For generations, mothers worldwide have advised bundling up to avoid getting sick. Yet medical experts call the association an old wives’ tale. Despite the prevalence of coughs and runny noses during the cold months of the year, scientists assert that a drop in temperature is not responsible for the rise in respiratory infections. It is viruses that cause illness, they contend. Cold is just a coincidence.
One explanation for the higher number of colds during fall and winter is that we spend more time indoors. People are packed inside with the windows closed. As the same old air circulates in a well-populated room, we get more exposure to pathogens, and thus more illness.
However, recent discoveries suggest cold plays more of a role in making us sick than previously thought. One example researchers have noted is that rhinoviruses—the most common cause of colds—reproduce more effectively in cooler temperatures.
No study has been able to prove that exposure to cold increases the likelihood of illness. Yet for doctors who look beyond the virus explanation, evidence shows that cold may play a pivotal role. According to Dr. Renee Miranda, a physician at the Center for Integrative Medicine at Ohio State University, cold weakens our defenses.
“Cold weather is just the straw that breaks the camel’s back in terms of having more stress and decreasing your immunity,” she said.
Our world is full of microbes with the potential to cause infection, yet few lead to illness, thanks to our immune system. When we are overworked, dehydrated, sleep deprived, and eating predominantly junk food, we deplete the resources our body needs for immunity, Miranda says. When the season changes and a new stress is added to the mix in the form of cold, it can tip the scales, making it more likely that an infection will take hold.
Before the discovery of microbes, ancient doctors looked to other, more nuanced causes of illness, such as lifestyle and environmental imbalances. In traditional Chinese medicine—a system of diagnosis and treatment based on observations from nature—cold is a force that we must protect our bodies against or else risk developing health problems.
“Cold is what we call an exterior pathogenic factor,” said Brandon LaGreca, an acupuncturist and Oriental medicine practitioner in East Troy, Wisconsin. “It’s an elemental force that can cause a change in the body.”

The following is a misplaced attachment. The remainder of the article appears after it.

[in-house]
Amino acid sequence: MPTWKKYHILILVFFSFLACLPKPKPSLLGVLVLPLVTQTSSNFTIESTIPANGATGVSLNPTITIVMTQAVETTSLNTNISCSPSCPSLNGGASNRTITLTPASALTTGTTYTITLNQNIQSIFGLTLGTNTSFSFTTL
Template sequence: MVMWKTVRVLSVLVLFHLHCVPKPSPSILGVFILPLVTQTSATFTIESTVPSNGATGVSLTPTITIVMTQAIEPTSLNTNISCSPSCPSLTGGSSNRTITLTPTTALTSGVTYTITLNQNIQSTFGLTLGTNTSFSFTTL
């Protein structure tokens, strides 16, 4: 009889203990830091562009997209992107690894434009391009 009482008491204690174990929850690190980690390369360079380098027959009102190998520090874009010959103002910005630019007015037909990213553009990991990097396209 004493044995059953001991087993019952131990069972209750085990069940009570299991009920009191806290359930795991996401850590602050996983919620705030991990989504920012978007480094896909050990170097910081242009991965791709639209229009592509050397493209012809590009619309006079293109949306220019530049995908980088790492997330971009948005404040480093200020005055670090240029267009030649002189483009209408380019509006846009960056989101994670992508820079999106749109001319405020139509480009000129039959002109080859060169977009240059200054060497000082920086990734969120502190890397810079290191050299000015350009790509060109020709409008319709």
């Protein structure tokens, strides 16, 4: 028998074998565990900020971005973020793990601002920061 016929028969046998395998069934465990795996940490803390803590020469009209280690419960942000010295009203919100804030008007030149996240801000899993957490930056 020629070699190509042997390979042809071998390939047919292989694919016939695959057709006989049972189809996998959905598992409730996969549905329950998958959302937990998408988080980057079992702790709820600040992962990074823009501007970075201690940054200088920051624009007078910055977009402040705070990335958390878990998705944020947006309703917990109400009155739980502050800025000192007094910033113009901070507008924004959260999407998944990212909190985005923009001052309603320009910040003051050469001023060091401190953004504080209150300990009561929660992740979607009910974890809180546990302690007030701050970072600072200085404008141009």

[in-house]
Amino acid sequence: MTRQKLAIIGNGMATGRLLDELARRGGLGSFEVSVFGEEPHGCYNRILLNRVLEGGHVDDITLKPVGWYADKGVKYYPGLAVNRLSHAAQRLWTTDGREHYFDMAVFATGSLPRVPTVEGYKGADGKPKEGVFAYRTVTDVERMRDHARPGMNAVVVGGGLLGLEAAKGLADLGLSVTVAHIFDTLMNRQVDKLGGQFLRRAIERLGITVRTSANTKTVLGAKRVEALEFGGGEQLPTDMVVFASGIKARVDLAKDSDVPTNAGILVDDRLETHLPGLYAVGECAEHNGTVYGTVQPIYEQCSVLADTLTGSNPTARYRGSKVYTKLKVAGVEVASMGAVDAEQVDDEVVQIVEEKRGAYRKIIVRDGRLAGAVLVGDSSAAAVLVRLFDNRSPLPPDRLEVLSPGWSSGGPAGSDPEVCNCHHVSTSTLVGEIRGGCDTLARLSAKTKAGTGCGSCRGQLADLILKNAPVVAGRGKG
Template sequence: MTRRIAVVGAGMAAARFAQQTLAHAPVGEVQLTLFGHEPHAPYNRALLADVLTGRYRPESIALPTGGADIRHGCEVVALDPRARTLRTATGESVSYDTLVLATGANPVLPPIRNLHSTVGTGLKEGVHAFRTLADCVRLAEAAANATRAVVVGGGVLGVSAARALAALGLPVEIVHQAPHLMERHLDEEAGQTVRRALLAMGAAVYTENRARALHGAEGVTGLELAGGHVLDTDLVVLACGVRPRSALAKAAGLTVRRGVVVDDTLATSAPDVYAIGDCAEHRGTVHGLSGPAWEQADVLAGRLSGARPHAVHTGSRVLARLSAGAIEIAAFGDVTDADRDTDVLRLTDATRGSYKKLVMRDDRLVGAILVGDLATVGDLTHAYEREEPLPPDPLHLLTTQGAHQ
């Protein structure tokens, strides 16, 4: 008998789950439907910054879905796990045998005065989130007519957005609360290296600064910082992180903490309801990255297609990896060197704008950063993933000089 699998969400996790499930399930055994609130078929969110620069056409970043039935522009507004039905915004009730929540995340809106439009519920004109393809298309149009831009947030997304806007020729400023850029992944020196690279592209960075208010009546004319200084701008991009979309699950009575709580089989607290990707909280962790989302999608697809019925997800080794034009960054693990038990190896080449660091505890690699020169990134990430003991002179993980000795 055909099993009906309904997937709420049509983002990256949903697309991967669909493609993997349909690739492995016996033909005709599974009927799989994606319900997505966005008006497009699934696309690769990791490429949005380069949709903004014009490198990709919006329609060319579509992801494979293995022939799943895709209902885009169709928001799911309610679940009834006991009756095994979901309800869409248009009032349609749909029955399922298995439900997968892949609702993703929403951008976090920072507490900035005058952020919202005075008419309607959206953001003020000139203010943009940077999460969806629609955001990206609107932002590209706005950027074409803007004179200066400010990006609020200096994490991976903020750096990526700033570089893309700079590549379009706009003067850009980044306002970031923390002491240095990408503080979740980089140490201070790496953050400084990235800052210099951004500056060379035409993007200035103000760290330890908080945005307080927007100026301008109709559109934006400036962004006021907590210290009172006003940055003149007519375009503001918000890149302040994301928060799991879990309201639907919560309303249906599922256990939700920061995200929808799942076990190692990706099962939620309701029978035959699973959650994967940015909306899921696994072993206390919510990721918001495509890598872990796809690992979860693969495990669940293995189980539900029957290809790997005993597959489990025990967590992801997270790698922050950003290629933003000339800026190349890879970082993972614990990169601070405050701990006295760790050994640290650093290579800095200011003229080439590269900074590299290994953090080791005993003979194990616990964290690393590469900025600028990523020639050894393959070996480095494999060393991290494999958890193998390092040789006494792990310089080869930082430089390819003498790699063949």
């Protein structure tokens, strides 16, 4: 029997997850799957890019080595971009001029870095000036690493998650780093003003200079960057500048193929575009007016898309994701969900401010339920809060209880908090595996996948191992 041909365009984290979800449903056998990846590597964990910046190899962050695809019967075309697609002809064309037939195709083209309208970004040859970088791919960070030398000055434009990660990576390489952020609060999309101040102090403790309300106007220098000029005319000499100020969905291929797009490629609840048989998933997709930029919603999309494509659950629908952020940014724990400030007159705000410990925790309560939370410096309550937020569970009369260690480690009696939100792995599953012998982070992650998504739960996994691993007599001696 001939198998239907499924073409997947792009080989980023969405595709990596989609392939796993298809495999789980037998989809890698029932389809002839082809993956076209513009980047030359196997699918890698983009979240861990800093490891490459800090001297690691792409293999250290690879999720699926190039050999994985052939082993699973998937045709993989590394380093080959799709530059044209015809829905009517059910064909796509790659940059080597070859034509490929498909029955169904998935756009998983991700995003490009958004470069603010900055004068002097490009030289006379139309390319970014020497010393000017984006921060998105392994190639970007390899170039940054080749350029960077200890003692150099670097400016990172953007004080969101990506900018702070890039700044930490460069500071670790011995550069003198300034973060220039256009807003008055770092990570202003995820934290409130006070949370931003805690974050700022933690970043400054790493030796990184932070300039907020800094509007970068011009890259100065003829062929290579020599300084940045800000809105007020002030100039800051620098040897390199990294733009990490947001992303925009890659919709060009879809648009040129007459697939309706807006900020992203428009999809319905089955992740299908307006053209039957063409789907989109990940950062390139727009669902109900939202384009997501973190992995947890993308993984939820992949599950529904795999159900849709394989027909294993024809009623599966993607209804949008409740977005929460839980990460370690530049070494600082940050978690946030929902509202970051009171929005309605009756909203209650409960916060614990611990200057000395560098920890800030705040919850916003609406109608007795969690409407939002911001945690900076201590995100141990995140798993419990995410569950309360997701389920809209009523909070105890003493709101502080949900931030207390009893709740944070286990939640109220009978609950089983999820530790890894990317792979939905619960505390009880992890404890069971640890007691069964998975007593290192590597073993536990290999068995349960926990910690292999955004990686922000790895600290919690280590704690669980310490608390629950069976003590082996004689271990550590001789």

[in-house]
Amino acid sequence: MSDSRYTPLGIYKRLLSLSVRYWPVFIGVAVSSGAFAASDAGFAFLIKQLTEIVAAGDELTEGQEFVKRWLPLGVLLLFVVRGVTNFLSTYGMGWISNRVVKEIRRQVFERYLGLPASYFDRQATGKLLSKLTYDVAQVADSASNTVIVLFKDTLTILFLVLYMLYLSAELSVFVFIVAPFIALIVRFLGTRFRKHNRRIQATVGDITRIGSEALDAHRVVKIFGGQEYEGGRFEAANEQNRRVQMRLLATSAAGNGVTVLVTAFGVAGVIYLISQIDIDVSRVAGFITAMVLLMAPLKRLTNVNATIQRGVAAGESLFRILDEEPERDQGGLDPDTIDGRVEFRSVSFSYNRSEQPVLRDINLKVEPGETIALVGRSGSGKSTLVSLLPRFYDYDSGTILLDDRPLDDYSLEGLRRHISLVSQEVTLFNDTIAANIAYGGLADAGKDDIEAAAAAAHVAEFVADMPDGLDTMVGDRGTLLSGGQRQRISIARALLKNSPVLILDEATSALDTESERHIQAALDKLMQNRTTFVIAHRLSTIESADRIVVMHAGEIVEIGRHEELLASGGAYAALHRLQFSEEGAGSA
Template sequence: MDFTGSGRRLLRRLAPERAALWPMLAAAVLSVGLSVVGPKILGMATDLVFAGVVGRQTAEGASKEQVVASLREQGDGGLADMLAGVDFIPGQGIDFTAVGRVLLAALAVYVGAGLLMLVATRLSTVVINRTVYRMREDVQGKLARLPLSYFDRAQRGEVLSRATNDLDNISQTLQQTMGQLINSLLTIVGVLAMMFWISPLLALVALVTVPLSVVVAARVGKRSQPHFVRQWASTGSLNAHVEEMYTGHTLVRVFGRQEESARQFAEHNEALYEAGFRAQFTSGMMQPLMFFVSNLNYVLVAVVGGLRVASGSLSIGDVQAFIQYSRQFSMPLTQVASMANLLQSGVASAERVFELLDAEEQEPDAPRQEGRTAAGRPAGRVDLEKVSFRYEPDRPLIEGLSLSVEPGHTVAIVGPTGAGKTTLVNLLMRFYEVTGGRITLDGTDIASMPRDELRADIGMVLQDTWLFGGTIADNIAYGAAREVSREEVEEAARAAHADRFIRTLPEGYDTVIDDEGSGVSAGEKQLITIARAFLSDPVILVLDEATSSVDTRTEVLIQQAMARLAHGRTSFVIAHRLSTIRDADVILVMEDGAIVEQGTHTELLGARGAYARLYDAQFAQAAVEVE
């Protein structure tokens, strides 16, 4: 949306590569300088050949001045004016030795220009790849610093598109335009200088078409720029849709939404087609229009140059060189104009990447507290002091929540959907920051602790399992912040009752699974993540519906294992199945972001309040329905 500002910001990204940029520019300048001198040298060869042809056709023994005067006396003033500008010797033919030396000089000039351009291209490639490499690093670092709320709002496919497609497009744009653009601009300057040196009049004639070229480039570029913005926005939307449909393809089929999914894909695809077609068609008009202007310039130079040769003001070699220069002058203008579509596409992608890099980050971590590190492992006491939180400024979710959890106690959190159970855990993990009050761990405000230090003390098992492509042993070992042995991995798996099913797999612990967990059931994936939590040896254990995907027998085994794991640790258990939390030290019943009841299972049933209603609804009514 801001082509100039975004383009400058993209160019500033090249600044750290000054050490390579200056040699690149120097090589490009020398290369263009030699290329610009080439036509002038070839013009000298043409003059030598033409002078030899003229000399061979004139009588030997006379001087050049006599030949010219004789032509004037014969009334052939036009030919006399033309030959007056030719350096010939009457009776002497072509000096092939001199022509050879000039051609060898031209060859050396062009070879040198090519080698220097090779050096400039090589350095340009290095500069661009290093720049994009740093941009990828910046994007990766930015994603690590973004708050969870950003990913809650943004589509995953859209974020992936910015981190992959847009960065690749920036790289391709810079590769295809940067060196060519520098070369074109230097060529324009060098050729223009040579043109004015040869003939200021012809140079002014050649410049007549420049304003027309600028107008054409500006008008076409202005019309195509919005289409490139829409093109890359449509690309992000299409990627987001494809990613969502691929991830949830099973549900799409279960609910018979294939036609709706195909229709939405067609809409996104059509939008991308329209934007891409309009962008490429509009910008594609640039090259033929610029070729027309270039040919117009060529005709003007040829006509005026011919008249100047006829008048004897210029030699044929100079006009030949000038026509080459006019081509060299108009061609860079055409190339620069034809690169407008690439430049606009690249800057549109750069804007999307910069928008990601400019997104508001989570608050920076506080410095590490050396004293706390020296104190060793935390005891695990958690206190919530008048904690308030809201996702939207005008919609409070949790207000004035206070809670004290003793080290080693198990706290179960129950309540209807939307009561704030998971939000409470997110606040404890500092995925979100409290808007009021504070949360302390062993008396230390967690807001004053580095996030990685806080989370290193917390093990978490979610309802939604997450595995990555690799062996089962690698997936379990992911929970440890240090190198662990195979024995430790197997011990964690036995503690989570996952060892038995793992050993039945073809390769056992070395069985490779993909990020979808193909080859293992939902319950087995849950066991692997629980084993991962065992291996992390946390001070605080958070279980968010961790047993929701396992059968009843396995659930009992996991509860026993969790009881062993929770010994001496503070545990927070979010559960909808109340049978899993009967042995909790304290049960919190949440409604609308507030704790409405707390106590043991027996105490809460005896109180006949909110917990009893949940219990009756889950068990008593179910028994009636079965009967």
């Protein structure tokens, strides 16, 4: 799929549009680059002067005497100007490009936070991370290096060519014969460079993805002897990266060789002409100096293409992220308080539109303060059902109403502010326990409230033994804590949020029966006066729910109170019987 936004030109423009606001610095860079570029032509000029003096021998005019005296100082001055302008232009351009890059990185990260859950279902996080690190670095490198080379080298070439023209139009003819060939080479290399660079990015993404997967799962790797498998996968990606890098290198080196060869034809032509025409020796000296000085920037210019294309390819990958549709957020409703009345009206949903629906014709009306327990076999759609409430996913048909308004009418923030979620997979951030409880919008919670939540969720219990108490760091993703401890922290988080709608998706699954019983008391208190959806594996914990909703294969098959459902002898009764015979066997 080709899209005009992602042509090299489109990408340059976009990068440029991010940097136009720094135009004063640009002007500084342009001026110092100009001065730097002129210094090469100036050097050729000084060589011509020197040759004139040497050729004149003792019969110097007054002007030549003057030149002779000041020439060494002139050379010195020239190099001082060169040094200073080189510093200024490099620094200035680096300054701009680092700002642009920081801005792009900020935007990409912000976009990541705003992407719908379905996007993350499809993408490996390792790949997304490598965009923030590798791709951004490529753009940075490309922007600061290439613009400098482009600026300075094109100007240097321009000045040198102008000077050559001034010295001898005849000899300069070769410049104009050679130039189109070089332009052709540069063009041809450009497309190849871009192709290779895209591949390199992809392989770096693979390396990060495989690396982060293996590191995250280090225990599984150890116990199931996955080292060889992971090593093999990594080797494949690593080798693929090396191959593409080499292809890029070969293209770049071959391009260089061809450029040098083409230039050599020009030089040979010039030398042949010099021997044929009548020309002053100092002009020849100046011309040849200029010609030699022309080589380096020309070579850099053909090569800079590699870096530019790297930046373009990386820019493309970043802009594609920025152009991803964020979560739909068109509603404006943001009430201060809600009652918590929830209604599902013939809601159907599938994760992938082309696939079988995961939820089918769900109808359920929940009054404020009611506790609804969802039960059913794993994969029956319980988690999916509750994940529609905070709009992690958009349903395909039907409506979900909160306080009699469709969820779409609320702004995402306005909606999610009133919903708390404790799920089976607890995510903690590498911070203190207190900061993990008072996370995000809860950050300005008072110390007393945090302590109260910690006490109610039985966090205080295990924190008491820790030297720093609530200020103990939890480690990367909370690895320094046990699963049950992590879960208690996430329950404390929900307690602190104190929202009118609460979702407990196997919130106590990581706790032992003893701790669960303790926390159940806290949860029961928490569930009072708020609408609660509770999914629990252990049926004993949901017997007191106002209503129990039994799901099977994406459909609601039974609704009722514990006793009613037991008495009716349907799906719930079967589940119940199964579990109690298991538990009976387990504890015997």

The dispute about whether cold causes colds stems from scientific debates in 19th-century France, LaGreca notes. For Louis Pasteur, who promoted the idea of germ theory in modern medicine, the virus was primary. However, Pasteur’s contemporary, Claude Bernard, argued that infections hinge not on microbes, but on environmental conditions that allow microbial invaders to flourish.
In the 20th century, scientists overwhelmingly supported Pasteur’s position. They focused on the pathogen as the root of illness and relied exclusively on microbe-destroying medicines—like antibiotics—for treatment.
However, emerging research on the microbiome and our evolving understanding of how the immune system works gives increasingly more credit to Bernard’s view that environmental conditions profoundly impact illness. It’s the same view that ancient Chinese medicine has held for centuries.
“The terrain is tremendously important, and that’s exactly how the Chinese thought about it,” LaGreca said.
Winter and ‘Wei Qi’
If you’ve spent any time in sub-zero wind chill, with your cheeks and fingers stinging with pain, it’s clear that cold is a formidable force. Cold is stress, and Chinese doctors take it very seriously. They even discourage drinking cold beverages, because our body must expend extra energy warming these liquids to our internal temperature.
To deal with the added stress of winter, ancient Chinese texts give lifestyle instructions about how to live healthfully during the season. When nature is cold, dark, and still, we are also encouraged to become more aligned with this yin energy. That means getting more rest and cultivating a gentler, more contemplative spirit.